Gato Roboto understands the most important thing about living in the 21st century: nobody has time for your shit. Doinksoft’s Metroid homage isn’t bite-sized—it’s more like an appetizer or a small plate, a reasonably-sized portion for anybody who wants the satisfaction of eating out but doesn’t have the time to devote to a full meal. It tastes good, too.
It packs all the action and adventure you expect from a Metroid-style game into just a few hours of play. If you aren’t a completionist in thrall to the bewitching allure of that 100%, it’ll take even less time. It’s in and out before it turns into a chore or starts repeating itself, which sets it apart from most Metroid acolytes and even some official Metroid games. And although we wouldn’t advocate for an abridged Super Metroid or Metroid Prime (or even Castlevania: Symphony of the Night), most games that follow in Samus’s bootsteps aren’t designed well enough to justify their length. Gato Roboto is here to remind those games that aimlessly dragging on and on isn’t a crucial part of the Metroid recipe.
The things that are integral to a good Metroid-style game appear here in full—the backtracking, the permanent power-ups, the seductive level design that puts goals in clear sight but just out of reach. Despite the abbreviated length, the design standards that make Metroid-influenced games so hard to put down are adhered to, but with enough twists to the tone, aesthetic and mechanics to make it feel like more than just a retread.
Over the last few years there have been a lot of great games that don’t demand too much of the player’s time to finish. Many of them have been better than Gato Roboto. Few of them so successfully offer a satisfying and full-featured action game experience, though. Most short games tend to be on the artier or more experimental side, or use that brevity as a pretext to streamline the game’s mechanics. Gato Roboto doesn’t cut corners, but just squeezes everything into a few short hours.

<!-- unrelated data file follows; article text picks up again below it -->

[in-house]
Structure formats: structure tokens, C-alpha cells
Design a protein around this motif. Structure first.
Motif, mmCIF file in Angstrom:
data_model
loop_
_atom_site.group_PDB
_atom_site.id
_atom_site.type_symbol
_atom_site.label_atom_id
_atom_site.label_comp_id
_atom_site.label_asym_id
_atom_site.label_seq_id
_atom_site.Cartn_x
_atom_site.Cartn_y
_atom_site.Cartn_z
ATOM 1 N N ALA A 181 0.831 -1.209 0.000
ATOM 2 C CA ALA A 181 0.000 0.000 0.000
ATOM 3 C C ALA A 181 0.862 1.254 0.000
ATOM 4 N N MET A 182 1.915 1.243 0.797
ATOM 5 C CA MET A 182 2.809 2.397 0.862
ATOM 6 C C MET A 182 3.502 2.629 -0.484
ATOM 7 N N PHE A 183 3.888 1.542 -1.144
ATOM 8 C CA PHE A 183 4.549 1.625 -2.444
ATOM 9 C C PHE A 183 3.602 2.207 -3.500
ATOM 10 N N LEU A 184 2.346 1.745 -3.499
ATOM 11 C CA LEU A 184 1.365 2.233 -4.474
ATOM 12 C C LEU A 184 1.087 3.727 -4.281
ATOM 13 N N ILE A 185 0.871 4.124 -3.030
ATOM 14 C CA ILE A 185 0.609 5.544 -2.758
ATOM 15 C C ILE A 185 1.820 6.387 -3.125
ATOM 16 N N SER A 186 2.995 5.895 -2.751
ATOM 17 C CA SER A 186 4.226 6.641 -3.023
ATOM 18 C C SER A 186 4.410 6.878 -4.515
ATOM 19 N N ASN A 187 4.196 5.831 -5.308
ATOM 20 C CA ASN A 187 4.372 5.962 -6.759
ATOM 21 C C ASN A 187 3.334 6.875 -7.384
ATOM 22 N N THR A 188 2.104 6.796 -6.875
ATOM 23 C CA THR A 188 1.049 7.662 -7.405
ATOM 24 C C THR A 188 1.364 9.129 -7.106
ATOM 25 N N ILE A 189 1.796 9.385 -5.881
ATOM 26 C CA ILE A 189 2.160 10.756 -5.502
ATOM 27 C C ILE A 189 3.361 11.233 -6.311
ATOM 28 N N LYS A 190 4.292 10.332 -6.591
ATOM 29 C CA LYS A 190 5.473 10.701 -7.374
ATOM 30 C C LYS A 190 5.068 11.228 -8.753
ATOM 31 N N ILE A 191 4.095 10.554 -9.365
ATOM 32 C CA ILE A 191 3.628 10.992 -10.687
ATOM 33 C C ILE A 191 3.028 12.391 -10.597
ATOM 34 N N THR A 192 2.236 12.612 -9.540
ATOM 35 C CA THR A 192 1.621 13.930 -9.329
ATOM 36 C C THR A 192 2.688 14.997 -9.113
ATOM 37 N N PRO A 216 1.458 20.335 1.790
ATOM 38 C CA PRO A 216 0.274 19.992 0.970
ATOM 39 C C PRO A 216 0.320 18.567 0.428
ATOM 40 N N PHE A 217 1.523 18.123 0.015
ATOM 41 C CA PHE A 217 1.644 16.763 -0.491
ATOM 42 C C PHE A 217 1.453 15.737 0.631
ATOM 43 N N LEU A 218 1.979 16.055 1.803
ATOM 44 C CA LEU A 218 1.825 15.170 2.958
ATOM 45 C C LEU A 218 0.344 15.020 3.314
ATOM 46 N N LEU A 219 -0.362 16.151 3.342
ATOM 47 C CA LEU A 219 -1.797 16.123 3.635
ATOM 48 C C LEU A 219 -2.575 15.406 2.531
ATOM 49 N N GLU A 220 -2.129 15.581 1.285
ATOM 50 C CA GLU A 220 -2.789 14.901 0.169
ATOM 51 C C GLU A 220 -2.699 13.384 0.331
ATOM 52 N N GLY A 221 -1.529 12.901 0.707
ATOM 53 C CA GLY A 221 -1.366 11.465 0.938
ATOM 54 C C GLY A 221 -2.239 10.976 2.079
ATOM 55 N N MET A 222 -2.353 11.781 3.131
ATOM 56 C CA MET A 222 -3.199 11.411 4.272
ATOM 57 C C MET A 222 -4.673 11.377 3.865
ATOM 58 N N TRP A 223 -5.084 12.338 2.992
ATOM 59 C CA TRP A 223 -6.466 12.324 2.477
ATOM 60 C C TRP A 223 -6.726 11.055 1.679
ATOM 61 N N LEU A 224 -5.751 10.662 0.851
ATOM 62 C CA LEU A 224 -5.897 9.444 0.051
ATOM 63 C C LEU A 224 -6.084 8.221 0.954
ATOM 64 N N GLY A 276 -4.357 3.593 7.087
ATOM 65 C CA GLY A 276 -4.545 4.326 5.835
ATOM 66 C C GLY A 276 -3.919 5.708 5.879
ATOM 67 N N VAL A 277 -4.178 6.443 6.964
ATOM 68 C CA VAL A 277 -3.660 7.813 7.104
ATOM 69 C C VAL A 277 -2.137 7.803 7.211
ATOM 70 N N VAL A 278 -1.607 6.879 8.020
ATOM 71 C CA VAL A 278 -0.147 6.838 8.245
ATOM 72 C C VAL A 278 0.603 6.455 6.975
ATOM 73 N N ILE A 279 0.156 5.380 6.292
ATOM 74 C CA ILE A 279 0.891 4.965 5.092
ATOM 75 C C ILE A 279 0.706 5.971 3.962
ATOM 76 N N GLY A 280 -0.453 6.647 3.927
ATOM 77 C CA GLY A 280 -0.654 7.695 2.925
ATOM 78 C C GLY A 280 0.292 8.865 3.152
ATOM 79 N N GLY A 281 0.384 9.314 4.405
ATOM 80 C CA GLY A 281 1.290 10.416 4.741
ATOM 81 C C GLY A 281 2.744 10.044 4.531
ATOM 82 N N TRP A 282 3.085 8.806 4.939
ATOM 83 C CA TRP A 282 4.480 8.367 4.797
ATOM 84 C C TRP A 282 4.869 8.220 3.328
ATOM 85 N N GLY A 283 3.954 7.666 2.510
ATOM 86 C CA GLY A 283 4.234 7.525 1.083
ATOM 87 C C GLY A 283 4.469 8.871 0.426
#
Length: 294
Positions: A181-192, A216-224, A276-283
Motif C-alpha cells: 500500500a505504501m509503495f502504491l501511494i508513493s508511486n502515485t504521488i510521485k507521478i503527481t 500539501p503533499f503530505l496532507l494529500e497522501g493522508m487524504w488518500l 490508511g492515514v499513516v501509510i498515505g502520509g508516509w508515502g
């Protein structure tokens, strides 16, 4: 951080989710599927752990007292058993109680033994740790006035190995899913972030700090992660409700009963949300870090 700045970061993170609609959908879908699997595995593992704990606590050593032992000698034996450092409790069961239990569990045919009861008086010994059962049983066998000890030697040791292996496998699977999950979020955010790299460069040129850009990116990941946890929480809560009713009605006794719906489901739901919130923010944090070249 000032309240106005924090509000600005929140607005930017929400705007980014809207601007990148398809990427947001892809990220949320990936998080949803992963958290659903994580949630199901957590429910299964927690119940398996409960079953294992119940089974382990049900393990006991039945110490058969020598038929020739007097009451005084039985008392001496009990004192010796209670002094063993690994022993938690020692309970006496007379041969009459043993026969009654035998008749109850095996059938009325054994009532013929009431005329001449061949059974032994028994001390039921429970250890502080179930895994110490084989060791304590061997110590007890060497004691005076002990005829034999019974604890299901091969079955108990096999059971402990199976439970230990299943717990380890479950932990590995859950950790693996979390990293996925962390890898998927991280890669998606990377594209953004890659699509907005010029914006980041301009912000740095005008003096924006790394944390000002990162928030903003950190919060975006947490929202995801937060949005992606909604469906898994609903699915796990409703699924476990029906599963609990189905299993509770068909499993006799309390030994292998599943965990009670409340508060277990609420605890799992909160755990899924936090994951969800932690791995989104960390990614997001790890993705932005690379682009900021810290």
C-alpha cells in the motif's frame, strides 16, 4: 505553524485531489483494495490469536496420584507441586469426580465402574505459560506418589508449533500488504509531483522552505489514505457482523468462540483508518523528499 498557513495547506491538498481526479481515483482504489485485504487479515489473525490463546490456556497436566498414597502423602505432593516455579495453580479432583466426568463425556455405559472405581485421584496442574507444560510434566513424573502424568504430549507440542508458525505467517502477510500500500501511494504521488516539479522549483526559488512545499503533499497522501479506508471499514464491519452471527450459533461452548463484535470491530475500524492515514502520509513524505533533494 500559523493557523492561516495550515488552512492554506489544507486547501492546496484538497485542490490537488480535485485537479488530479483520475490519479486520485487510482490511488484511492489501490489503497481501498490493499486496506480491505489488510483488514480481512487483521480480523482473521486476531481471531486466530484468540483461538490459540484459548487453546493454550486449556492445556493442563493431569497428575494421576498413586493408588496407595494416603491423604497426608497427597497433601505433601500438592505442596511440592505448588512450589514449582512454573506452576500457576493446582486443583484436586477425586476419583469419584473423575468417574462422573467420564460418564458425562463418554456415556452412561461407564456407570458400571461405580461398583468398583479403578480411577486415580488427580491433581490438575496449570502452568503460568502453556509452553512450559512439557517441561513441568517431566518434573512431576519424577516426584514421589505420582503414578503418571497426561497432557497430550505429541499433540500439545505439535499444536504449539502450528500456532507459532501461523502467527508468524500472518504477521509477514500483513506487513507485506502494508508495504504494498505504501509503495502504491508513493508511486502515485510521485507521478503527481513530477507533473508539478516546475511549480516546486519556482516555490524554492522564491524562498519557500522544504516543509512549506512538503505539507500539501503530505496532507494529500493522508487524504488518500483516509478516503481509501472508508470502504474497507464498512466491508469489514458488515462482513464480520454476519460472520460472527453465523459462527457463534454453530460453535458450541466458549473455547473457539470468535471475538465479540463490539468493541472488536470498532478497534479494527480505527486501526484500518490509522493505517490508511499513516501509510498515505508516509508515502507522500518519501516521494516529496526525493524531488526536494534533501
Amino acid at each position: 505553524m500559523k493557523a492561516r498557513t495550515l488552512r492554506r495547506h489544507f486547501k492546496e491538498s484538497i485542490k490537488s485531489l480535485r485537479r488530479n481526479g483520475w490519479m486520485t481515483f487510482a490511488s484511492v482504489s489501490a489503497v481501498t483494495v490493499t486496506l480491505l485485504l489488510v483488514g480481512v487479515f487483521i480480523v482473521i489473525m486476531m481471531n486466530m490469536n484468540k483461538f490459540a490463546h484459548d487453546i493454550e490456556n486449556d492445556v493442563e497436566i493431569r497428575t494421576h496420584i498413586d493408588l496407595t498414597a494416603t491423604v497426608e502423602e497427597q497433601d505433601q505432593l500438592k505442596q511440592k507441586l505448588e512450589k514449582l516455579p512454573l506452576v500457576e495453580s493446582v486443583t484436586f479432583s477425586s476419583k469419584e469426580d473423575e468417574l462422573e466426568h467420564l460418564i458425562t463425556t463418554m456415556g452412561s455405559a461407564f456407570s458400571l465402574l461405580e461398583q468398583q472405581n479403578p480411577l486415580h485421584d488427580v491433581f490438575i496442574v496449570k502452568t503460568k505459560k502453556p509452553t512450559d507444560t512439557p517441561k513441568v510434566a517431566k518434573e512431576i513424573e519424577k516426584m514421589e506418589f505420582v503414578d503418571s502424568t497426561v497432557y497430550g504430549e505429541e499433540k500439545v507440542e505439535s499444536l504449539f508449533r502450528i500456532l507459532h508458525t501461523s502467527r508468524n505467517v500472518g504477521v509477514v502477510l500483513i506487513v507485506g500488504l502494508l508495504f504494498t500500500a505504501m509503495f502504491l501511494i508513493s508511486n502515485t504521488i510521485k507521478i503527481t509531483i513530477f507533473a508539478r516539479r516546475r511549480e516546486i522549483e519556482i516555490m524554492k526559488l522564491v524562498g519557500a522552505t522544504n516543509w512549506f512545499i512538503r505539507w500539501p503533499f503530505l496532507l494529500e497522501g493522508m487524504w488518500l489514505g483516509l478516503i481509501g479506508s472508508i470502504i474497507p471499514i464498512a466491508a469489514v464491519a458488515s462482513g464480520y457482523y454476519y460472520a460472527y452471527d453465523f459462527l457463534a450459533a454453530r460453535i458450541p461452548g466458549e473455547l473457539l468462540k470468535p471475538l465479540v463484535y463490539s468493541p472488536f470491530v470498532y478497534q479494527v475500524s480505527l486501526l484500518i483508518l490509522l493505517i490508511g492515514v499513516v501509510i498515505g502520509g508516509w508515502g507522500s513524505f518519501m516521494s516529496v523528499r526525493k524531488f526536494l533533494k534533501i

Games generally don’t want to see you go these days. The industry is fixated on “games as a service”—a model that tries to turn players from short-term tourists who pay a one-time fee into full-time residents who have a vested interest in pumping more and more money into a game. This leads to microtransactions and loot boxes and online play and other decisions designed to increase both the amount of time you play a game and the amount of money you spend on it. Even games that focus on single-player campaigns are encouraged to stretch their stories out for dozens of hours, lest they incite the ire of an angry subset of customers who apparently prioritize length over quality. (As if Red Dead Redemption 2 or God of War would’ve been any less successful or well-received by critics if they were less demanding of a player’s time.)
Providing enough game for the price is a valid concern, but player expectations as they currently exist probably aren’t tenable. It contributes to the absurdly high cost of development of would-be state-of-the-art blockbusters, and the unconscionable crunch time employees are forced to labor under in order to make those games. The idea that “real” or “serious” games need to last for tens of hours is unhealthy for everybody involved.
Gato Roboto swipes its paw at that notion. It proves designers can give hardened, experienced players what they want—an engaging, smartly designed game with a deep set of mechanics and a focus on skill-based action—without burying them with unnecessary length. If you’re a typical citizen of the 21st century—either stressed out and overworked, or too impatient to focus on any one thing for too long—this cat in a mech might be a friend you need to meet.
Senior editor Garrett Martin writes about videogames, comedy, travel, theme parks, wrestling, and anything else that gets in his way. He’s on Twitter @grmartin.